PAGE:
During these beautiful and warm autumn days it’s a little easier to coax the boys out for a hike! I’m trying not to overschedule, I’ve got a hundred +1 things to do just like everyone else this time of year – but we can at least head over to Furman!
Furman University is just 5 miles north of downtown Greenville! I wrote about the iconic clock tower and the previous location in the west end of Greenville, but neglected to mention the 1.5 mile Lake hike. There is no better time than the present to fix that, especially since the temperatures, fall color and buzz of students on campus makes for perfect hike with the kids!
|The Janie Earle Furman rose garden|
Visitor parking is conveniently just next to the Barnes & Noble, which is located in the Trone Student Center. If you’re looking for a place to eat there are several options in the center, but if you’ve brought your own lunch you can grab one of the outdoor picnic tables or bring it along to eat at the picnic shelter at the opposite end of the lake. The trail runs between the Student Center and 40-acre Swam Lake, and the first place you’ll want to explore is between Trone and the Daniel Dining Hall: the Janie Earle Furman Rose Garden. The rose garden is named in honor of the late Janie Earle Furman, a graduate of Greenville Woman’s College and wife of the late Alester G. Furman, Jr., a member of the university’s founding family. No matter the season, it’s worth ducking in to see the fountain and feel the tranquility within.
|The Jamie Earle Furman rose garden|
Continuing on, the trail crosses a bridge over a small canal. If you were to continue straight instead and look to your right you'll see a gravel path and stairs gradually leading upward. Another interesting detour, the Place of Peace is an inter-generational temple (Hei-Sei-Ji) that once stood in Nagoya, Japan. In 2004 it was dismantled into 2,400 pieces, transported through the Panama Canal, and reconstructed by Japanese craftsmen in 2008. We’ve not yet had the chance to see the interior, but the craftsmanship and serene architectural lines of the temple are a sight in itself.
|Place of Peace|
Across the bridge is the Asia Garden, which together with the Place of Peace are “designed to stimulate your experience of connection to the earth, and all the peoples of the world.” A little pond and manicured gardens are contained off a pebble path, and if you choose to take this route you’ll be back on the trail in only a few dozen feet.
My two older boys enjoy riding their bikes while I walk with the stroller, and what makes this hike such a success other than proximity to our home is that the trails are very safe for beginning bicyclists. There are only a few points that we have to worry about vehicular traffic, and these are easy to navigate as there are few cars utilizing these small roads. The first stretch is while walking along Bell Tower housing to the clock tower, but the speed limit is set low and there is good visibility. After the tower the trail resumes, and to your right is another of our favorite stops, the Susan Shi Garden. The David E. Shi Center for Sustainability/Furman Farm is named for Furman’s 10th president (and Susan Shi was his First Lady from 1994-2010). The gardens echo the goal of the Center, which is to support the study and integration of sustainability-related topics on campus as well as in the greater Greenville community.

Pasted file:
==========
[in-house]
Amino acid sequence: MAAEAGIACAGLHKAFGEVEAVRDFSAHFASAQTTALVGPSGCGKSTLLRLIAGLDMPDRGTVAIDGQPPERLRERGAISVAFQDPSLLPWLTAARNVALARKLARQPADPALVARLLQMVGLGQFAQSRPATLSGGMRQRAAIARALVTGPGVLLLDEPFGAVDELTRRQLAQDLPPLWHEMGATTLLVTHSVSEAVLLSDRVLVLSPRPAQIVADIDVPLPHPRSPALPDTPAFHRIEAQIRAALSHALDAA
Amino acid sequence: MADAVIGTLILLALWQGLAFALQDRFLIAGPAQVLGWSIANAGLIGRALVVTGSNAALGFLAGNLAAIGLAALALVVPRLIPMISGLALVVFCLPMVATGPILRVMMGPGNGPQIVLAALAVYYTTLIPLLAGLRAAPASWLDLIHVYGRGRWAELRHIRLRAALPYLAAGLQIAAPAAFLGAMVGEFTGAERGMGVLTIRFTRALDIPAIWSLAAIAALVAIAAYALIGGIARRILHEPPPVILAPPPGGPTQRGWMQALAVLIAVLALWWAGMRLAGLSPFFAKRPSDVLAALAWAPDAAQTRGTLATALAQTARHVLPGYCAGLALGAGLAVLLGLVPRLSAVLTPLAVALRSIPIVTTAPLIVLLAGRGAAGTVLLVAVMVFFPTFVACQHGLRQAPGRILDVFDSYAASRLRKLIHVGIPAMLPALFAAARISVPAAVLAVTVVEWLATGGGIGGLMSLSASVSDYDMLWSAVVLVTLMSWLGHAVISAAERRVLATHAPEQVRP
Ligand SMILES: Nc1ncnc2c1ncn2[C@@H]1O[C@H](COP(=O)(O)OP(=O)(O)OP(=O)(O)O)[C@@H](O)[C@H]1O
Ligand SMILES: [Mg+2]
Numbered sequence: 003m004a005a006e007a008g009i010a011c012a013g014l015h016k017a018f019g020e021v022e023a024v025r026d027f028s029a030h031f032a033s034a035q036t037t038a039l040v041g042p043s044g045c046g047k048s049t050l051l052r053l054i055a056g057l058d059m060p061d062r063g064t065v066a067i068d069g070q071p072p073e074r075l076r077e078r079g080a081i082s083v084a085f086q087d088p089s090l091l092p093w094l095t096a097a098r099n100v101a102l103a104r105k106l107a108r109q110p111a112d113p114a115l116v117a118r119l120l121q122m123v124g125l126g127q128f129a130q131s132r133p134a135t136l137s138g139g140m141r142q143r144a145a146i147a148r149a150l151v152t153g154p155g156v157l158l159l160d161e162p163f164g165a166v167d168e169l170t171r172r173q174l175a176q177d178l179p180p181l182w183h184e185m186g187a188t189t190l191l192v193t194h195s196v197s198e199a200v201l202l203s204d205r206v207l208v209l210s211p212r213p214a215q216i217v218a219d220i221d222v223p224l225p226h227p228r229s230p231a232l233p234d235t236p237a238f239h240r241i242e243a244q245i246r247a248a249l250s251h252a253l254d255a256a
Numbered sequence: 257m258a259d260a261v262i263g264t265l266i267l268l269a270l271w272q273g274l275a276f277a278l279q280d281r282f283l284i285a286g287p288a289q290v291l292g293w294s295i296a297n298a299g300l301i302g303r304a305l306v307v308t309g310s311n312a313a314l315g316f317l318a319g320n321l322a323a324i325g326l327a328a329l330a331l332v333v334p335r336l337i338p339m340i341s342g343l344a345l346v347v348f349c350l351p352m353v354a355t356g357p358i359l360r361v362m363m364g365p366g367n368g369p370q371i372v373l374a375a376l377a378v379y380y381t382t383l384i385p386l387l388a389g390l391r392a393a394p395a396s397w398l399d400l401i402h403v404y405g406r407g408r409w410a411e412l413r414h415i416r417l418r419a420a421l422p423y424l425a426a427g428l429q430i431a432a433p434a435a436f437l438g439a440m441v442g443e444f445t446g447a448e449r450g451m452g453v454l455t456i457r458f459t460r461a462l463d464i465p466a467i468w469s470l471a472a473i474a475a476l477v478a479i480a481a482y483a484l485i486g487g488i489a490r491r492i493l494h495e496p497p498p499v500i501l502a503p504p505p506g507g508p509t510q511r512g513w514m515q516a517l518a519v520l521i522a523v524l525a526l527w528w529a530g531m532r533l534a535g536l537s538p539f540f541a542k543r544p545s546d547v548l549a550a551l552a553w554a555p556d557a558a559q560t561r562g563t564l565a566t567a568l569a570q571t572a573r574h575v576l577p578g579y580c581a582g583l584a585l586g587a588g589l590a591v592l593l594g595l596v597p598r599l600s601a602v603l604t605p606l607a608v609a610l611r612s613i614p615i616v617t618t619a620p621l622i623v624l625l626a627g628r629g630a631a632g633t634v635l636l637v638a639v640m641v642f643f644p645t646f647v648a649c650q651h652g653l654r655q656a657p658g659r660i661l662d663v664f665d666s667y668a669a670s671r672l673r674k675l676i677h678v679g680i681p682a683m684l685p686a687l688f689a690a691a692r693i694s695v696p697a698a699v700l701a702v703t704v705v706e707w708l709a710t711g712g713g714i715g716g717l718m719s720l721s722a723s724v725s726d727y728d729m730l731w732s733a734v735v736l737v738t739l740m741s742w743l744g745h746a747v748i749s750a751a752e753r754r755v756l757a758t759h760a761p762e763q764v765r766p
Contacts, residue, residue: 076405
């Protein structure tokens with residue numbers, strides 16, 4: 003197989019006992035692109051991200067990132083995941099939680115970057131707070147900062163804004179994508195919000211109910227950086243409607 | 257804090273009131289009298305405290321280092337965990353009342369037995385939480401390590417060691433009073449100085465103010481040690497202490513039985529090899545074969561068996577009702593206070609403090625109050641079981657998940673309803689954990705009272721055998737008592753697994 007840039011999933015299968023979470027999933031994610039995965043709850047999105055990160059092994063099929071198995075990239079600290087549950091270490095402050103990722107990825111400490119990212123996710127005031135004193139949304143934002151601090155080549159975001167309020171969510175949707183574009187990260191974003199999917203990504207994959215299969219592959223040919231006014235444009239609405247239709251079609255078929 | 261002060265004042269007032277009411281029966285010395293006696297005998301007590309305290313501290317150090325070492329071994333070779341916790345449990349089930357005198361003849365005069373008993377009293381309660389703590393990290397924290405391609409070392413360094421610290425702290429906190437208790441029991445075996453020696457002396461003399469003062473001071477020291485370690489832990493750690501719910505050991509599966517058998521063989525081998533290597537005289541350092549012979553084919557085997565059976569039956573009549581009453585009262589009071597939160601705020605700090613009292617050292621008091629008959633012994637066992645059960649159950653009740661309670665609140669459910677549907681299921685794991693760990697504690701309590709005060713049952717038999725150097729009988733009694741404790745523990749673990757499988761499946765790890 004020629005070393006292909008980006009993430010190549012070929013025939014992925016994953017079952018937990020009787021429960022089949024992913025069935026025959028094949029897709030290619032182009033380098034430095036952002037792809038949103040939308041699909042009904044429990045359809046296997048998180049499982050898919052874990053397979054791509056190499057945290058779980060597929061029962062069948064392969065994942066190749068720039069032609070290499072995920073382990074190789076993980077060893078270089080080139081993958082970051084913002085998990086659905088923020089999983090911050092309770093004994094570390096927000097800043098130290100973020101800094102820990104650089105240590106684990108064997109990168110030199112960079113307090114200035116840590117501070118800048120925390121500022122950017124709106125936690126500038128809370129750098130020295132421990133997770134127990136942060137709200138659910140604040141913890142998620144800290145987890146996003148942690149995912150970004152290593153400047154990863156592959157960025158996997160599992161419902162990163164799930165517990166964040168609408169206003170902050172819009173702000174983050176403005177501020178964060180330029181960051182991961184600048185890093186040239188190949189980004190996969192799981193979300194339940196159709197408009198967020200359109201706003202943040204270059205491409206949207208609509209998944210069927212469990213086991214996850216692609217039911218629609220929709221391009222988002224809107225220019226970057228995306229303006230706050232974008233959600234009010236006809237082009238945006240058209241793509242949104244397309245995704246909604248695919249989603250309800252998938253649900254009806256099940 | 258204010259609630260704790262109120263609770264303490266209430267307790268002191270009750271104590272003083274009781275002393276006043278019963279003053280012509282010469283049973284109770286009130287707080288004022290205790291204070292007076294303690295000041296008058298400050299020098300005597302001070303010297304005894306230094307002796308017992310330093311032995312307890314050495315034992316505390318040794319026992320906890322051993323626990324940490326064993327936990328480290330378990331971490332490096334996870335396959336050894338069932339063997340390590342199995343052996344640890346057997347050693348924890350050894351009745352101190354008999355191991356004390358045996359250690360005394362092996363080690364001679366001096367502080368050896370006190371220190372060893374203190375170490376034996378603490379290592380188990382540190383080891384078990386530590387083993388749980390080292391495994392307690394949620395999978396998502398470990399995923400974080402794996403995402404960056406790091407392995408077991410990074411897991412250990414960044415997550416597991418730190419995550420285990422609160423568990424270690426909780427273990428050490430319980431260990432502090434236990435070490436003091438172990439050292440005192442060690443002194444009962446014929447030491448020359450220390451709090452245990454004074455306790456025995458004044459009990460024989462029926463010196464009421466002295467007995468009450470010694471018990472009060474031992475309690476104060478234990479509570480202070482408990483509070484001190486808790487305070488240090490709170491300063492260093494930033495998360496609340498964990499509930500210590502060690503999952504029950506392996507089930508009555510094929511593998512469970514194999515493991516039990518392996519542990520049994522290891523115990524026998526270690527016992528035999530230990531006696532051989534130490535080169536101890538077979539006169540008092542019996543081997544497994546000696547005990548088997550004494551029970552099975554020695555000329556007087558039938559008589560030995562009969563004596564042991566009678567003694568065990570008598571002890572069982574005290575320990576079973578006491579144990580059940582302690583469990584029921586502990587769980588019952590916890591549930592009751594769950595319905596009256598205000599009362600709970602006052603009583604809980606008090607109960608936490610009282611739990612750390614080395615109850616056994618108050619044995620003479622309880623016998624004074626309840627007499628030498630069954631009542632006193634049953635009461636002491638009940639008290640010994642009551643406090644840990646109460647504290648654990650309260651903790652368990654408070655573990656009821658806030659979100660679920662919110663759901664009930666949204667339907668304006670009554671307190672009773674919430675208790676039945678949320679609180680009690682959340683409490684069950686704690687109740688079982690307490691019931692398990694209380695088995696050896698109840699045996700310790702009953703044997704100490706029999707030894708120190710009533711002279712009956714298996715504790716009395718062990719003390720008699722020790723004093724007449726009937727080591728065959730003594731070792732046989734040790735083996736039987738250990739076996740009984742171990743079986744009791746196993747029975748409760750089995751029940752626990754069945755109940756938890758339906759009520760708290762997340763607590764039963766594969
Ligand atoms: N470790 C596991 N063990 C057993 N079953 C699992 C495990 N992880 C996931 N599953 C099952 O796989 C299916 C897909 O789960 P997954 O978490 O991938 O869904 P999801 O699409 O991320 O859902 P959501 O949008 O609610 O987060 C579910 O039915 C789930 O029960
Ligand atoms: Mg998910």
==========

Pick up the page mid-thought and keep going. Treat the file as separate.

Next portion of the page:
|Susan Shi Garden|
Next you’ll pass the Amphitheatre, after which the trail loops around to continue following the shoreline of Swan Lake, and there you will find the afore-mentioned picnic shelter. The environs are more wooded for this second portion of the hike, the only structures being the Thoreau Cabin and the Lakeside Rest Room. The Cabin was built by Furman students, a replica of the cabin Thoreau inhabited while writing Walden, the same distance from the water as Thoreau’s cabin sat from Walden Pond. This is the home stretch, and I let the boys ride out far ahead of me knowing that they’ll stop where the trail meets the road. What’s interesting about this section is that it runs parallel to the Swamp Rabbit Trail – visible in places, I’m always tempted to skip over and continue on…
At the road we cross the spillway to find ourselves at the parking lot and at the end of our hike. Often we will linger a while outside the student center for a snack before hopping back in the car for the short ride home. If you’re looking for a longer hike/run, be sure to check out the Furman website and the trails map; the Lake trail is just one of the several trails on campus, various combinations of which could make for a lengthier hike.
For a map of the trail click here.